State pension underpayments total over £1bn

Years of human error led the Department for Work & Pensions (DWP) to underpay over £1bn in state pension payments to around 134,000 pensioners, according to the National Audit Office (NAO).

The organisation’s investigation into underpayment of state pension said the DWP had estimated that it will need to pay the affected pensioners it can trace a total of £1.053m, representing an average of £8,900 per pensioner affected.

It added that the errors affect pensioners who first claimed their state pension before April 2016, do not have a full national insurance record, and should have received certain increases in their basic state pension.

The investigation concluded that some level of human error had been inevitable due to the complex rules and high degree of manual review necessary when assessing claims.

Additionally, the NAO said the relevant IT systems were “outdated and unautomated”, noting that DWP caseworkers often failed to set or action manual IT system prompts on pensioners’ files to review the payments at a later date, such as their spouse reaching state pension age or their 80th birthday.

Furthermore, the investigation found the DWP’s method of measuring, identifying and tackling large cases of fraud and error mean it had “missed earlier opportunities to identify underpayments”, noting that the department did not have the capability to review individual complaints.

NAO said quality assurance processes focused on checking changes to personal details, such as a change of address or the death of a spouse, rather than the overall accuracy of the payments being sent out to pensioners.

In January, the DWP began the process of reviewing cases and searching for underpayments, with this expected to cost £24.3m in additional staffing costs and last until the end of 2023.

Since it began, 72,780 cases have been reviewed and £60.6m has been paid in arrears, with pensioners who are widowed or over the age of 80 being prioritised.

However, the investigation from NAO noted that there was still no formal plan to trace the estates of deceased pensioners who might have been subjected to underpayments before passing away, with this made particularly difficult as the department does not usually keep records for more than four years after a pensioner’s death.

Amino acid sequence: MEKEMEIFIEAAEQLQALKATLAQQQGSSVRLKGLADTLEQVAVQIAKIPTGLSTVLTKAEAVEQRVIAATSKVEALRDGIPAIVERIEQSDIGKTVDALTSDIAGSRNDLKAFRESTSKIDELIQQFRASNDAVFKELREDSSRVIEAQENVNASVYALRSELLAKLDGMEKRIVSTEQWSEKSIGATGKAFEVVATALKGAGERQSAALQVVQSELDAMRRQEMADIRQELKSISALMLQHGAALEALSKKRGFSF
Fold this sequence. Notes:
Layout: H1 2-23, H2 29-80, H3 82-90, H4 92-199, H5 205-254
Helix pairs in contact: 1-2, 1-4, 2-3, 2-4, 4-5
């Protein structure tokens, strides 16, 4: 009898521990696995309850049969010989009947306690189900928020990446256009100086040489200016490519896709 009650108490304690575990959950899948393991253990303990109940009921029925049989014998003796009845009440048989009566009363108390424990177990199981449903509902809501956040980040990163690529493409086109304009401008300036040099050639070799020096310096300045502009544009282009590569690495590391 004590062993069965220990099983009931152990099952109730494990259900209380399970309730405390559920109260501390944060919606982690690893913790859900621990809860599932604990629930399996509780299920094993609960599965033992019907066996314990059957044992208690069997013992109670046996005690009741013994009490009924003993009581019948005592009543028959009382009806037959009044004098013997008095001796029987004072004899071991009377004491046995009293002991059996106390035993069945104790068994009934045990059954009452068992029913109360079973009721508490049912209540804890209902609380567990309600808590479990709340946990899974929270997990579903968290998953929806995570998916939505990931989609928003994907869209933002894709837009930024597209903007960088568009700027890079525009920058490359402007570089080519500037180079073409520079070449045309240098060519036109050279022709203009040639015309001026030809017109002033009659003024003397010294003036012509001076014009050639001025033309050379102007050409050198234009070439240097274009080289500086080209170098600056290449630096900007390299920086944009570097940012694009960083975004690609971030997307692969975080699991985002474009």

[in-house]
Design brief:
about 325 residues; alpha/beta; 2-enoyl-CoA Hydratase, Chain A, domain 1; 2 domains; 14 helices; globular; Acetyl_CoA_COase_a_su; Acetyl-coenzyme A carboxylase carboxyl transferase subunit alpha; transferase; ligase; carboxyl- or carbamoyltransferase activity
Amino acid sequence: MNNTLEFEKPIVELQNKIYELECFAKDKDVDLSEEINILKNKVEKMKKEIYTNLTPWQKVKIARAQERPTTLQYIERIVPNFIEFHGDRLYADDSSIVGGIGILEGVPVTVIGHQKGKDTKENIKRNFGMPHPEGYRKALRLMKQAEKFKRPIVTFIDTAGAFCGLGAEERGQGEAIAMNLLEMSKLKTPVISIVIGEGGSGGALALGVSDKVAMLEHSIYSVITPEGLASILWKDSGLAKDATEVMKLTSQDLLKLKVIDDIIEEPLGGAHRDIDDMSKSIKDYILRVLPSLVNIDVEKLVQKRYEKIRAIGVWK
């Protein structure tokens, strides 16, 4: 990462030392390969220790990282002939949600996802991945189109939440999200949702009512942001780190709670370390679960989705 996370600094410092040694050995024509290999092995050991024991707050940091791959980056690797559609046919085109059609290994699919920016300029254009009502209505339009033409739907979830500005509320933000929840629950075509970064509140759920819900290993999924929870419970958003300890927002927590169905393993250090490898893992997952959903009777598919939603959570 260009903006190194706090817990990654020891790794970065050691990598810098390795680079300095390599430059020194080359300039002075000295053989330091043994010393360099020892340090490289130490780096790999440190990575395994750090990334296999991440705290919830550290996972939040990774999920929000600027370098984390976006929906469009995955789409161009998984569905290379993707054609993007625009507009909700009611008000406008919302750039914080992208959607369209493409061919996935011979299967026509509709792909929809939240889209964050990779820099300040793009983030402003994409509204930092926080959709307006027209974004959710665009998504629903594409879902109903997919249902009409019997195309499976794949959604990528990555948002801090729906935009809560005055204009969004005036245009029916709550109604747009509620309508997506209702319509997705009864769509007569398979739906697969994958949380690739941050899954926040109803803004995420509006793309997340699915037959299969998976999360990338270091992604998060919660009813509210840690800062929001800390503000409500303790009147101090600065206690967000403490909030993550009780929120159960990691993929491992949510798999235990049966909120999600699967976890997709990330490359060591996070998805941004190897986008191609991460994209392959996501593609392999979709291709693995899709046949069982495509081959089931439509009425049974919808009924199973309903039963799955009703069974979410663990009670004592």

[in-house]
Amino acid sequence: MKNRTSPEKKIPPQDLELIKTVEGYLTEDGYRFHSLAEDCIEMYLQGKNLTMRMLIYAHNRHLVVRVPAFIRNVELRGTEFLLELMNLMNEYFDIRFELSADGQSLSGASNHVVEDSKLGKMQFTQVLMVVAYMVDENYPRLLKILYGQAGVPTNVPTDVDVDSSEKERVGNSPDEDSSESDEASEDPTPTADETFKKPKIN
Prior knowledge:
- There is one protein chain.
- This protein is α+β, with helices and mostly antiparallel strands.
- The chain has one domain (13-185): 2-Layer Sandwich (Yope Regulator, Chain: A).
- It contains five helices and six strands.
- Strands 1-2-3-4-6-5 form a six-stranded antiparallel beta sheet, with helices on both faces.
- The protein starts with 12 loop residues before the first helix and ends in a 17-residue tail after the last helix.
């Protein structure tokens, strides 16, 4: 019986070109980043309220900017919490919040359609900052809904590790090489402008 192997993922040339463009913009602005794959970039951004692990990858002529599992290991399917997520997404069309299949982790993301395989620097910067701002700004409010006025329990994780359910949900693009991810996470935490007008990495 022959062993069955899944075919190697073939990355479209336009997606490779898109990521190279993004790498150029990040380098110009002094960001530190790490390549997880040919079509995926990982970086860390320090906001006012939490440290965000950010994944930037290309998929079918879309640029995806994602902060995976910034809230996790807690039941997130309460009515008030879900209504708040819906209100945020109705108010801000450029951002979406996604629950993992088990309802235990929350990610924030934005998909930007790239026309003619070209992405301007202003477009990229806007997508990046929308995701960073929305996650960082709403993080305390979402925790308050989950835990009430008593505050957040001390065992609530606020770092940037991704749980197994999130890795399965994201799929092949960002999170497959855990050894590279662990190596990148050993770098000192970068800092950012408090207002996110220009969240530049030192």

NAO head, Gareth Davies, said: “The impact of the underpayment of state pension on those pensioners affected is significant. It is vital that the DWP corrects past underpayments and implements changes to prevent similar problems in future.”

Commenting on the findings, LCP partner and former Pensions Minister, Steve Webb, said: “This report highlights the fact that DWP failed to act over a period of many years when errors were found in state pension assessments.

"Tens of thousands of married women, widows and the over 80s have been underpaid, with arrears in some cases exceeding £100,000.

"It is very worrying that errors are still being made as part of the correction exercise, where the highest standards of quality control should be in force. DWP also needs to do everything it can to track down the families of pensioners who have sadly died and never received the pension they were due.

"We now need full transparency from DWP about the correction process, with regular updates and a full explanation of exactly which cases are being reviewed. It should also explain how these errors were allowed to go on for so long and what lessons have been learned.”

A DWP spokesperson said: “We are fully committed to ensuring the historical errors that have been made by successive governments are corrected, and as this report acknowledges, we’re dedicating significant resource to doing so. Anyone impacted will be contacted by us to ensure they receive all that they are owed.

"Since we became aware of this issue, we have introduced new quality control processes and improved training to help ensure this does not happen again.”

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